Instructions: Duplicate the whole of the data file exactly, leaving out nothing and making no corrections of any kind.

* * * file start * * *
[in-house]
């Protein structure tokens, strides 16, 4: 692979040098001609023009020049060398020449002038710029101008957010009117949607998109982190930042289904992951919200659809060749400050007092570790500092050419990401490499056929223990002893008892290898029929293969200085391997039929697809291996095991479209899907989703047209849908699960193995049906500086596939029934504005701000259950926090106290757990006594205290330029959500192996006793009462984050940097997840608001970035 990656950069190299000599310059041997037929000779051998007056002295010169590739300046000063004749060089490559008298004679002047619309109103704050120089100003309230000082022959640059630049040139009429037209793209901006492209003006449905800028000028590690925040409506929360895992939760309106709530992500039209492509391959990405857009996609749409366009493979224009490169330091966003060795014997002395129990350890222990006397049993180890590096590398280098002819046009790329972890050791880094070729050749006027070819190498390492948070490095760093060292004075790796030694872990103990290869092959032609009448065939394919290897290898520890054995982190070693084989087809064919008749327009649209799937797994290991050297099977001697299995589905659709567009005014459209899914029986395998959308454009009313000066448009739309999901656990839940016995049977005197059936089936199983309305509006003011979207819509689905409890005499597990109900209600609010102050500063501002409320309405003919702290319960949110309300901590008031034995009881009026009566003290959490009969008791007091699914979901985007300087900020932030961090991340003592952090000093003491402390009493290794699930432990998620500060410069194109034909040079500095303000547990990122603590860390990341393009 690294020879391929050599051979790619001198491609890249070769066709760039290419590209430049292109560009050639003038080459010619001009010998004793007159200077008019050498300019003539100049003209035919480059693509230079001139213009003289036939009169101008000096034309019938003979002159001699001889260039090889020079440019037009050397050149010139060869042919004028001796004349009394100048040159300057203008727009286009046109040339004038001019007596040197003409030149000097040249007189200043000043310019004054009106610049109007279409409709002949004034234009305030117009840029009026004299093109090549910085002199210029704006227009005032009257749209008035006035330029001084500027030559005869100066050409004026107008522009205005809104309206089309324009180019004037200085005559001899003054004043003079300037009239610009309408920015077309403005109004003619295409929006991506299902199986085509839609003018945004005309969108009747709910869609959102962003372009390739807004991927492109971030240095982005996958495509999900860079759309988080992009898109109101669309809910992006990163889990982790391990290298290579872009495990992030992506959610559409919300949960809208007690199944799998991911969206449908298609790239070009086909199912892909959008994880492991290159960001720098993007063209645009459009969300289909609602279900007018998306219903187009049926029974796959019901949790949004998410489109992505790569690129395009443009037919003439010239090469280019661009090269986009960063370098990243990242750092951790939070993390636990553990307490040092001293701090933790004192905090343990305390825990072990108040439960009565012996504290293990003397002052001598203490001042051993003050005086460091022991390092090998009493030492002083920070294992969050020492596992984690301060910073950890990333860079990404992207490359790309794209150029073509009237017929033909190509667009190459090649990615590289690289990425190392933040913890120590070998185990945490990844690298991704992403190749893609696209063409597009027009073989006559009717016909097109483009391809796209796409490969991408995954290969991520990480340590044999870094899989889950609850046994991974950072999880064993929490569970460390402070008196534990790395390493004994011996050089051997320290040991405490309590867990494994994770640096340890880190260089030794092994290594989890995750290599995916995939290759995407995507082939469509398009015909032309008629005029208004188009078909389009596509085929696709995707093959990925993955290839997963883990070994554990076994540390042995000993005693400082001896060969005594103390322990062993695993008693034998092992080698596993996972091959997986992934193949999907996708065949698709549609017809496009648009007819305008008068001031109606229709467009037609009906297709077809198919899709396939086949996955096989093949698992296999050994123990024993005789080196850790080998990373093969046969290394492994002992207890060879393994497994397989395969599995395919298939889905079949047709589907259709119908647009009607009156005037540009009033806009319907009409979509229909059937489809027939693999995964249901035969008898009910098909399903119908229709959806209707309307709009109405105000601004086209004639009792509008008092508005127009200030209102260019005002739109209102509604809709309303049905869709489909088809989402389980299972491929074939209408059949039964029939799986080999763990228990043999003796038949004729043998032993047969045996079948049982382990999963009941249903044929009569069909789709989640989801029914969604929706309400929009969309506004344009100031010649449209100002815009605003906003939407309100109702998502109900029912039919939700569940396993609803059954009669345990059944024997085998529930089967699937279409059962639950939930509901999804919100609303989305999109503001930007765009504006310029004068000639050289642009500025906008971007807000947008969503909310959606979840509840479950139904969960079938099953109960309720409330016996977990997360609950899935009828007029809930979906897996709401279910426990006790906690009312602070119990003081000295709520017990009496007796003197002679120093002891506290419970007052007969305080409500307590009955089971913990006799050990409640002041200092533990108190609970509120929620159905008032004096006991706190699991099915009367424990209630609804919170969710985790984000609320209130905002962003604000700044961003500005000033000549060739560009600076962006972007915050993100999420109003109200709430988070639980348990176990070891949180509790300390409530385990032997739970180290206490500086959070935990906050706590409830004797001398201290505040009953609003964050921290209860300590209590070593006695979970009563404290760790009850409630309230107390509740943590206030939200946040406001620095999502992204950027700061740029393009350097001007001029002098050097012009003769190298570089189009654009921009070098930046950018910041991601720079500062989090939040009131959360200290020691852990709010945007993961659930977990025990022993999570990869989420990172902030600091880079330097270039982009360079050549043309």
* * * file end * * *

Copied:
[in-house]
């Protein structure tokens, strides 16, 4: 692979040098001609023009020049060398020449002038710029101008957010009117949607998109982190930042289904992951919200659809060749400050007092570790500092050419990401490499056929223990002893008892290898029929293969200085391997039929697809291996095991479209899907989703047209849908699960193995049906500086596939029934504005701000259950926090106290757990006594205290330029959500192996006793009462984050940097997840608001970035 990656950069190299000599310059041997037929000779051998007056002295010169590739300046000063004749060089490559008298004679002047619309109103704050120089100003309230000082022959640059630049040139009429037209793209901006492209003006449905800028000028590690925040409506929360895992939760309106709530992500039209492509391959990405857009996609749409366009493979224009490169330091966003060795014997002395129990350890222990006397049993180890590096590398280098002819046009790329972890050791880094070729050749006027070819190498390492948070490095760093060292004075790796030694872990103990290869092959032609009448065939394919290897290898520890054995982190070693084989087809064919008749327009649209799937797994290991050297099977001697299995589905659709567009005014459209899914029986395998959308454009009313000066448009739309999901656990839940016995049977005197059936089936199983309305509006003011979207819509689905409890005499597990109900209600609010102050500063501002409320309405003919702290319960949110309300901590008031034995009881009026009566003290959490009969008791007091699914979901985007300087900020932030961090991340003592952090000093003491402390009493290794699930432990998620500060410069194109034909040079500095303000547990990122603590860390990341393009 690294020879391929050599051979790619001198491609890249070769066709760039290419590209430049292109560009050639003038080459010619001009010998004793007159200077008019050498300019003539100049003209035919480059693509230079001139213009003289036939009169101008000096034309019938003979002159001699001889260039090889020079440019037009050397050149010139060869042919004028001796004349009394100048040159300057203008727009286009046109040339004038001019007596040197003409030149000097040249007189200043000043310019004054009106610049109007279409409709002949004034234009305030117009840029009026004299093109090549910085002199210029704006227009005032009257749209008035006035330029001084500027030559005869100066050409004026107008522009205005809104309206089309324009180019004037200085005559001899003054004043003079300037009239610009309408920015077309403005109004003619295409929006991506299902199986085509839609003018945004005309969108009747709910869609959102962003372009390739807004991927492109971030240095982005996958495509999900860079759309988080992009898109109101669309809910992006990163889990982790391990290298290579872009495990992030992506959610559409919300949960809208007690199944799998991911969206449908298609790239070009086909199912892909959008994880492991290159960001720098993007063209645009459009969300289909609602279900007018998306219903187009049926029974796959019901949790949004998410489109992505790569690129395009443009037919003439010239090469280019661009090269986009960063370098990243990242750092951790939070993390636990553990307490040092001293701090933790004192905090343990305390825990072990108040439960009565012996504290293990003397002052001598203490001042051993003050005086460091022991390092090998009493030492002083920070294992969050020492596992984690301060910073950890990333860079990404992207490359790309794209150029073509009237017929033909190509667009190459090649990615590289690289990425190392933040913890120590070998185990945490990844690298991704992403190749893609696209063409597009027009073989006559009717016909097109483009391809796209796409490969991408995954290969991520990480340590044999870094899989889950609850046994991974950072999880064993929490569970460390402070008196534990790395390493004994011996050089051997320290040991405490309590867990494994994770640096340890880190260089030794092994290594989890995750290599995916995939290759995407995507082939469509398009015909032309008629005029208004188009078909389009596509085929696709995707093959990925993955290839997963883990070994554990076994540390042995000993005693400082001896060969005594103390322990062993695993008693034998092992080698596993996972091959997986992934193949999907996708065949698709549609017809496009648009007819305008008068001031109606229709467009037609009906297709077809198919899709396939086949996955096989093949698992296999050994123990024993005789080196850790080998990373093969046969290394492994002992207890060879393994497994397989395969599995395919298939889905079949047709589907259709119908647009009607009156005037540009009033806009319907009409979509229909059937489809027939693999995964249901035969008898009910098909399903119908229709959806209707309307709009109405105000601004086209004639009792509008008092508005127009200030209102260019005002739109209102509604809709309303049905869709489909088809989402389980299972491929074939209408059949039964029939799986080999763990228990043999003796038949004729043998032993047969045996079948049982382990999963009941249903044929009569069909789709989640989801029914969604929706309400929009969309506004344009100031010649449209100002815009605003906003939407309100109702998502109900029912039919939700569940396993609803059954009669345990059944024997085998529930089967699937279409059962639950939930509901999804919100609303989305999109503001930007765009504006310029004068000639050289642009500025906008971007807000947008969503909310959606979840509840479950139904969960079938099953109960309720409330016996977990997360609950899935009828007029809930979906897996709401279910426990006790906690009312602070119990003081000295709520017990009496007796003197002679120093002891506290419970007052007969305080409500307590009955089971913990006799050990409640002041200092533990108190609970509120929620159905008032004096006991706190699991099915009367424990209630609804919170969710985790984000609320209130905002962003604000700044961003500005000033000549060739560009600076962006972007915050993100999420109003109200709430988070639980348990176990070891949180509790300390409530385990032997739970180290206490500086959070935990906050706590409830004797001398201290505040009953609003964050921290209860300590209590070593006695979970009563404290760790009850409630309230107390509740943590206030939200946040406001620095999502992204950027700061740029393009350097001007001029002098050097012009003769190298570089189009654009921009070098930046950018910041991601720079500062989090939040009131959360200290020691852990709010945007993961659930977990025990022993999570990869989420990172902030600091880079330097270039982009360079050549043309």